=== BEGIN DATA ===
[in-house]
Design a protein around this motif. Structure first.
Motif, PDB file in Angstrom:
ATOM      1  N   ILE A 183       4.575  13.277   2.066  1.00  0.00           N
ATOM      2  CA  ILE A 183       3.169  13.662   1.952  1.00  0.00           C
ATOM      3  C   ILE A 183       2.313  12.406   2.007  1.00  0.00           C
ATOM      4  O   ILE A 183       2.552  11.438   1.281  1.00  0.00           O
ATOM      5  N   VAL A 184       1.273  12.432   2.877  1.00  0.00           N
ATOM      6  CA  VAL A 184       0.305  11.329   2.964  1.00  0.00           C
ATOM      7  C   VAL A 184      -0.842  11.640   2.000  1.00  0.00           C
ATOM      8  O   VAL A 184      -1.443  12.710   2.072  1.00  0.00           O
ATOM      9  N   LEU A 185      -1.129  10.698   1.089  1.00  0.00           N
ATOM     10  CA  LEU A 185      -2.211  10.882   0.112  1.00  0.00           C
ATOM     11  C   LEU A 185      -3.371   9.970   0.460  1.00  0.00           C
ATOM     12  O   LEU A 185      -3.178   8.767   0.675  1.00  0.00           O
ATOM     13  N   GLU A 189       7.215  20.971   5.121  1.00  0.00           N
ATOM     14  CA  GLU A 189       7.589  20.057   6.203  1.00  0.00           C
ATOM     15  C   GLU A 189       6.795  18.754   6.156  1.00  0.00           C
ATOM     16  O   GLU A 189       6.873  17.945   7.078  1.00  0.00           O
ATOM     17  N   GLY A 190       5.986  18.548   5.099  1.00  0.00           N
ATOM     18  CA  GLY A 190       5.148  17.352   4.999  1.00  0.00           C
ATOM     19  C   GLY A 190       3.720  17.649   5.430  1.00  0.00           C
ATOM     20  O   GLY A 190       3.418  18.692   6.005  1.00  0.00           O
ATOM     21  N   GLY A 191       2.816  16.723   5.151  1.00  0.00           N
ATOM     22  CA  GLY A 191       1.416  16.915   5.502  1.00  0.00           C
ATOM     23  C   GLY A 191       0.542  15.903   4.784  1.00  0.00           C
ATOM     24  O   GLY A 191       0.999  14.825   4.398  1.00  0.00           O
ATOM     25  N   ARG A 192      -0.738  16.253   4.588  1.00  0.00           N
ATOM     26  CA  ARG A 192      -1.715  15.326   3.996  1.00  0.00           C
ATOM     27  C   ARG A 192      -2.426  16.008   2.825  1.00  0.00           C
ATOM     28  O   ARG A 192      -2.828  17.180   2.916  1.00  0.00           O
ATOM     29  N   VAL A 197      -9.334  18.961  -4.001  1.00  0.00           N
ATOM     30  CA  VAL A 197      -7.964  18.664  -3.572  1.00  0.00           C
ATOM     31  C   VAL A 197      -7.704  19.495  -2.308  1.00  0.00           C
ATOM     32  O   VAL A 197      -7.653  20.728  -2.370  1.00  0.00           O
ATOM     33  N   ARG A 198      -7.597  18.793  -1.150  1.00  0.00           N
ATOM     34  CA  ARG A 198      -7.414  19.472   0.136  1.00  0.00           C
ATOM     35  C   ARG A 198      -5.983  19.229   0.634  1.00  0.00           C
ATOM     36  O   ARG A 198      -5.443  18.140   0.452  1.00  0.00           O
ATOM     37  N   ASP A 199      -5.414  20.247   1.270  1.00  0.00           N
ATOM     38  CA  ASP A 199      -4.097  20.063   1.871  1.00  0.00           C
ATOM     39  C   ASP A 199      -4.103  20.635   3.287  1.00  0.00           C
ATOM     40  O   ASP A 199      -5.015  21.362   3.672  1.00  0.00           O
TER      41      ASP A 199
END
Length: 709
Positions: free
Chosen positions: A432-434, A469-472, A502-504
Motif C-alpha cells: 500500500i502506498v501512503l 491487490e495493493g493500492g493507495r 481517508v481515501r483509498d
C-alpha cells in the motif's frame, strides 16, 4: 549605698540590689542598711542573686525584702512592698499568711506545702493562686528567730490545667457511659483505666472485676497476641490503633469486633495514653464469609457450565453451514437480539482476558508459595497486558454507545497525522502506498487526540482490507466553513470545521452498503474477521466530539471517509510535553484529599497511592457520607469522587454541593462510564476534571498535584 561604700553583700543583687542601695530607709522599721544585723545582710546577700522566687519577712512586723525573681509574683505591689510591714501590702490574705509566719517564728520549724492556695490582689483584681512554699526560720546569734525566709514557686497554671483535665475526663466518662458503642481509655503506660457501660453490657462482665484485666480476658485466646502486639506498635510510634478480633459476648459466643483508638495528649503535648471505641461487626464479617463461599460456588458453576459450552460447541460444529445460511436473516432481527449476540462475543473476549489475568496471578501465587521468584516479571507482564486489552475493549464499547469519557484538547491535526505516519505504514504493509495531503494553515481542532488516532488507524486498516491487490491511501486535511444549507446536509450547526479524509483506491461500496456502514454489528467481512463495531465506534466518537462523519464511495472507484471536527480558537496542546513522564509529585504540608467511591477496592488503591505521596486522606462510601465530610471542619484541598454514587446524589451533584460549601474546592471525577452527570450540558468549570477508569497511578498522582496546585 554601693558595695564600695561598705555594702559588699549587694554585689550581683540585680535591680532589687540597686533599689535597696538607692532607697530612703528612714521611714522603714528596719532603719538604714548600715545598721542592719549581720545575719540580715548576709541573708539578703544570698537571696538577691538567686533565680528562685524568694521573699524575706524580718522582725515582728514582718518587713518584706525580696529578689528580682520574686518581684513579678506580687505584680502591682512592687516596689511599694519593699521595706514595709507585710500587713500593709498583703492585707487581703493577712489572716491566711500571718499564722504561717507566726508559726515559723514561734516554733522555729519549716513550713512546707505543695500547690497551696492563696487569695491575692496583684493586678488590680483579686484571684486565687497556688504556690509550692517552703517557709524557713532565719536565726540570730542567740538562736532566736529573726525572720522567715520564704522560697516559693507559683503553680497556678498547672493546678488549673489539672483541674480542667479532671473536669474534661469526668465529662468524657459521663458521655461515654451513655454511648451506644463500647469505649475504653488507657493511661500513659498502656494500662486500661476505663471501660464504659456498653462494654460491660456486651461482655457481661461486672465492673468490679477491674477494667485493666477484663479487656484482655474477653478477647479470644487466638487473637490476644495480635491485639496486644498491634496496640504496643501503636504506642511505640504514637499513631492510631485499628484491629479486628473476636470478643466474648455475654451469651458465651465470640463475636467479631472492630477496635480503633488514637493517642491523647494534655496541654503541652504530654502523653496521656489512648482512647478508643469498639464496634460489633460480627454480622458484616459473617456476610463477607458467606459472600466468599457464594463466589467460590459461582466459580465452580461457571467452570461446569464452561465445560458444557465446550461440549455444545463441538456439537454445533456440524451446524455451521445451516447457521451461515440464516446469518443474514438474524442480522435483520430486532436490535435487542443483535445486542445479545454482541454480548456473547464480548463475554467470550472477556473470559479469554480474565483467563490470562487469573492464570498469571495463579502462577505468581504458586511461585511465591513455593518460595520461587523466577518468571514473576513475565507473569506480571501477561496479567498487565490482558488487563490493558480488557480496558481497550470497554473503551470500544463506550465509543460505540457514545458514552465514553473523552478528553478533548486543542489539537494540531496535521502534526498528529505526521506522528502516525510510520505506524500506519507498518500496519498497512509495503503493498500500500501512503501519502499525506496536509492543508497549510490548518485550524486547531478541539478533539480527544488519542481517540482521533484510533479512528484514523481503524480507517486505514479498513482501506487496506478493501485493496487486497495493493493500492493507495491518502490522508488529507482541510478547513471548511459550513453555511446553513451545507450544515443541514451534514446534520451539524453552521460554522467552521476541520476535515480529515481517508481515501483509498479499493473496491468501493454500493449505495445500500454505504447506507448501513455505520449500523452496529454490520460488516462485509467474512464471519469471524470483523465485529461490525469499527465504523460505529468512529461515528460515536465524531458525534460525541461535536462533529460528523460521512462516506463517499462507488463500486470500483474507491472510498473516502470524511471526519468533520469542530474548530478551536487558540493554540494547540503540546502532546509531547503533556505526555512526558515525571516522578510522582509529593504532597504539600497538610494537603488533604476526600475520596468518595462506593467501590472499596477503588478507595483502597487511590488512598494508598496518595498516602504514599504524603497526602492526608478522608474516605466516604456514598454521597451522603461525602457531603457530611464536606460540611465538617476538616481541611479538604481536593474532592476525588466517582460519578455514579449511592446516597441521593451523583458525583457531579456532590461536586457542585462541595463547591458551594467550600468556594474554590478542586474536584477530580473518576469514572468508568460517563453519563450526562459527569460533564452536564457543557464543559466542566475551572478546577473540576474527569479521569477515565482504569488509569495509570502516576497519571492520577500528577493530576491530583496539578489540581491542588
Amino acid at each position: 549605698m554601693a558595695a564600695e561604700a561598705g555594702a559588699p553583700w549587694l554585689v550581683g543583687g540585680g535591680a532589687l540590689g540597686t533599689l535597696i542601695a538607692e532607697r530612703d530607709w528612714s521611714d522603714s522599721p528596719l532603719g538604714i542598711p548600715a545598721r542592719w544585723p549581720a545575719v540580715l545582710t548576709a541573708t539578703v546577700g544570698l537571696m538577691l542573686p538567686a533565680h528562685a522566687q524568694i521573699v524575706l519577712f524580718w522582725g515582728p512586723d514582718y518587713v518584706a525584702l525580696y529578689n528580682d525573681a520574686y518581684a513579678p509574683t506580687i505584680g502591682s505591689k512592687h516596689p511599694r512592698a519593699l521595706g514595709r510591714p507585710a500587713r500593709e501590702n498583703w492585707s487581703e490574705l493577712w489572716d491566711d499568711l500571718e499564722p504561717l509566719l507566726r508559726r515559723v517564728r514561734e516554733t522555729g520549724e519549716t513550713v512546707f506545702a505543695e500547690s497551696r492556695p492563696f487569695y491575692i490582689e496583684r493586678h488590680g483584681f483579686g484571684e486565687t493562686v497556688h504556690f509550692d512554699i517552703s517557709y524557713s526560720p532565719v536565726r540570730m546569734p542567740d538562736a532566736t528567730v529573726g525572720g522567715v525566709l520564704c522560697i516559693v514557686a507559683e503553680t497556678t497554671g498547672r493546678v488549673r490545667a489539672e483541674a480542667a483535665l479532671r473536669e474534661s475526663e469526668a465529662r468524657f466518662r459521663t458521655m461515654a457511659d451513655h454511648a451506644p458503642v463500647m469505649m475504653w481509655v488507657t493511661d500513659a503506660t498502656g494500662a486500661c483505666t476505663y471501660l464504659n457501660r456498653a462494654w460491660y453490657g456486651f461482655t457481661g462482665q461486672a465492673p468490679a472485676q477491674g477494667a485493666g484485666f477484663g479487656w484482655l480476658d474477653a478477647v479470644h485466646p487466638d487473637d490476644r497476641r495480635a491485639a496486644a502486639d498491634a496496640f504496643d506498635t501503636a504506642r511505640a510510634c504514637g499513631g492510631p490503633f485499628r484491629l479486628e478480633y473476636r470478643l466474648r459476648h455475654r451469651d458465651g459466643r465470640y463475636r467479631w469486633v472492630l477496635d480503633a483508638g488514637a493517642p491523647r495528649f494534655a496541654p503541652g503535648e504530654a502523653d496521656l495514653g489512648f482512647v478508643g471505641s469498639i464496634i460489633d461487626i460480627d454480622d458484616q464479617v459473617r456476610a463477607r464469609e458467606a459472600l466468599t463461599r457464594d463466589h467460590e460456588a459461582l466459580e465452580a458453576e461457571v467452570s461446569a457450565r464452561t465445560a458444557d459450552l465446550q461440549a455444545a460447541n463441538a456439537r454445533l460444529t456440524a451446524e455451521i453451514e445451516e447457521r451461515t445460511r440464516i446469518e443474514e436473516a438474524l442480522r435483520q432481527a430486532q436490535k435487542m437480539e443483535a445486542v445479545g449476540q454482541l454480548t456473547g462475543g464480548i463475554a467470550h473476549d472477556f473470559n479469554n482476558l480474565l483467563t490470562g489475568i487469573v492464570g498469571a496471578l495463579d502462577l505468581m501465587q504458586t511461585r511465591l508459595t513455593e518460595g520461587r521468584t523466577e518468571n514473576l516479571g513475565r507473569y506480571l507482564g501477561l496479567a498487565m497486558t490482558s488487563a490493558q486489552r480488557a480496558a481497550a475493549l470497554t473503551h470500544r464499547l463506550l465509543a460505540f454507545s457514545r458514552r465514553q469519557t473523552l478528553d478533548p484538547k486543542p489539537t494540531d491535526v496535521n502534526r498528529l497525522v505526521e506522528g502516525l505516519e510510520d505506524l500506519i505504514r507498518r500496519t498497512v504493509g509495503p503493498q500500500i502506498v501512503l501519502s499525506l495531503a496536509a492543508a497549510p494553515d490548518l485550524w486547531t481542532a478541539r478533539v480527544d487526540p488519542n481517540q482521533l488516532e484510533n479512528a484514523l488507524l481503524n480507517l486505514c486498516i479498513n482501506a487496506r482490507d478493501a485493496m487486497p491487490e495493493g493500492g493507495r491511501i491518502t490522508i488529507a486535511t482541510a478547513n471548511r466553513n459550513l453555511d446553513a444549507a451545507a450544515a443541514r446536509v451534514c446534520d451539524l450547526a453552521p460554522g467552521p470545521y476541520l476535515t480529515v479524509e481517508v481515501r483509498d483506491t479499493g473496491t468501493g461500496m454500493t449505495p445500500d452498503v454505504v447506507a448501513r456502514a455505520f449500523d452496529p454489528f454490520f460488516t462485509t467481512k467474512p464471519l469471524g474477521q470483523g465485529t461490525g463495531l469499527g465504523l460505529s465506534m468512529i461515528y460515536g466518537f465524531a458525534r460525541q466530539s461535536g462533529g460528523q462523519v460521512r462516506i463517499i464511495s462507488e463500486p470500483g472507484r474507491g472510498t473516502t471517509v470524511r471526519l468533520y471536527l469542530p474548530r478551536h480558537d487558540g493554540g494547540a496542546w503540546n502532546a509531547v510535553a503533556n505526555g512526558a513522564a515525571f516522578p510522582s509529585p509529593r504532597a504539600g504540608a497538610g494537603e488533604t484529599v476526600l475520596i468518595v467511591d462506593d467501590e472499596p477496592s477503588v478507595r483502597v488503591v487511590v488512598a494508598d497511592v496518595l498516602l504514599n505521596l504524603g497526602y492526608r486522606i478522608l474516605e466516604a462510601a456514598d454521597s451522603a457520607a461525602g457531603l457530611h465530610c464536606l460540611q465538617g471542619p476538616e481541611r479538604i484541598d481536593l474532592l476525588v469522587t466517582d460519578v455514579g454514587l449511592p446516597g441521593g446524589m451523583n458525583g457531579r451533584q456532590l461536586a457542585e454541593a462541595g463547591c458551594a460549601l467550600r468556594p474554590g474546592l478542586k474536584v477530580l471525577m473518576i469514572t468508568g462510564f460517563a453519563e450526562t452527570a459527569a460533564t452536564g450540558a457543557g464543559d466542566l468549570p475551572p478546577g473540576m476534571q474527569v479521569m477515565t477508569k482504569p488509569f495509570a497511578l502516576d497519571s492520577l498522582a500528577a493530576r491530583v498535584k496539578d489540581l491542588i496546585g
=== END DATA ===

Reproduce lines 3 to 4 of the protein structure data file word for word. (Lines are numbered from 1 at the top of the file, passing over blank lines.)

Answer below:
Motif, PDB file in Angstrom:
ATOM      1  N   ILE A 183       4.575  13.277   2.066  1.00  0.00           N